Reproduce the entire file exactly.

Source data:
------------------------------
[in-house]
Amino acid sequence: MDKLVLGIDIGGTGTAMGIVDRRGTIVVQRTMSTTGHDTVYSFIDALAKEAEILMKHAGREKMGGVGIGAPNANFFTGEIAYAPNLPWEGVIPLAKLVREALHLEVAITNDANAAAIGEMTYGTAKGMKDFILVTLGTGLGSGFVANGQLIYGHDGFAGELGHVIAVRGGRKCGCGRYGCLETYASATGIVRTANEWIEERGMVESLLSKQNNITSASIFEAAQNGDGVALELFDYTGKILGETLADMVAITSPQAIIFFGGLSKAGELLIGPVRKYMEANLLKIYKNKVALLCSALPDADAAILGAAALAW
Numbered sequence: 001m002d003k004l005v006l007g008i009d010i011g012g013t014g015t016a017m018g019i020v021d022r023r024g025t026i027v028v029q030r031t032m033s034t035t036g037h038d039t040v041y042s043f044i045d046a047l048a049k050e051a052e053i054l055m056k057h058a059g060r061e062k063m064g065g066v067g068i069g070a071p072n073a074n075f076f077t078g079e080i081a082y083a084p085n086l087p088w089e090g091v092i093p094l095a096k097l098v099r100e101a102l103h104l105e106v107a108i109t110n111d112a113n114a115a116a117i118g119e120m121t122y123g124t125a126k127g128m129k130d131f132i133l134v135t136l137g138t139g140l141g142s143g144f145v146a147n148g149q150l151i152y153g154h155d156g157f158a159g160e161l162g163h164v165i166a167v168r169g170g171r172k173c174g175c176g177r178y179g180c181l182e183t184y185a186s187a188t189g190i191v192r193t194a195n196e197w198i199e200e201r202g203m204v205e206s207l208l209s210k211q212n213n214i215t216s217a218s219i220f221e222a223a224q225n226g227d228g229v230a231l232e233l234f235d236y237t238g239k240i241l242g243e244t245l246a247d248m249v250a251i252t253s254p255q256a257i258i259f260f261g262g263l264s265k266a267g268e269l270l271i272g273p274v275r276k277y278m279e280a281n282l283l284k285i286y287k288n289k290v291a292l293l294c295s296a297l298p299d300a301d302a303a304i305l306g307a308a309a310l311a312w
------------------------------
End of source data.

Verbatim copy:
[in-house]
Amino acid sequence: MDKLVLGIDIGGTGTAMGIVDRRGTIVVQRTMSTTGHDTVYSFIDALAKEAEILMKHAGREKMGGVGIGAPNANFFTGEIAYAPNLPWEGVIPLAKLVREALHLEVAITNDANAAAIGEMTYGTAKGMKDFILVTLGTGLGSGFVANGQLIYGHDGFAGELGHVIAVRGGRKCGCGRYGCLETYASATGIVRTANEWIEERGMVESLLSKQNNITSASIFEAAQNGDGVALELFDYTGKILGETLADMVAITSPQAIIFFGGLSKAGELLIGPVRKYMEANLLKIYKNKVALLCSALPDADAAILGAAALAW
Numbered sequence: 001m002d003k004l005v006l007g008i009d010i011g012g013t014g015t016a017m018g019i020v021d022r023r024g025t026i027v028v029q030r031t032m033s034t035t036g037h038d039t040v041y042s043f044i045d046a047l048a049k050e051a052e053i054l055m056k057h058a059g060r061e062k063m064g065g066v067g068i069g070a071p072n073a074n075f076f077t078g079e080i081a082y083a084p085n086l087p088w089e090g091v092i093p094l095a096k097l098v099r100e101a102l103h104l105e106v107a108i109t110n111d112a113n114a115a116a117i118g119e120m121t122y123g124t125a126k127g128m129k130d131f132i133l134v135t136l137g138t139g140l141g142s143g144f145v146a147n148g149q150l151i152y153g154h155d156g157f158a159g160e161l162g163h164v165i166a167v168r169g170g171r172k173c174g175c176g177r178y179g180c181l182e183t184y185a186s187a188t189g190i191v192r193t194a195n196e197w198i199e200e201r202g203m204v205e206s207l208l209s210k211q212n213n214i215t216s217a218s219i220f221e222a223a224q225n226g227d228g229v230a231l232e233l234f235d236y237t238g239k240i241l242g243e244t245l246a247d248m249v250a251i252t253s254p255q256a257i258i259f260f261g262g263l264s265k266a267g268e269l270l271i272g273p274v275r276k277y278m279e280a281n282l283l284k285i286y287k288n289k290v291a292l293l294c295s296a297l298p299d300a301d302a303a304i305l306g307a308a309a310l311a312w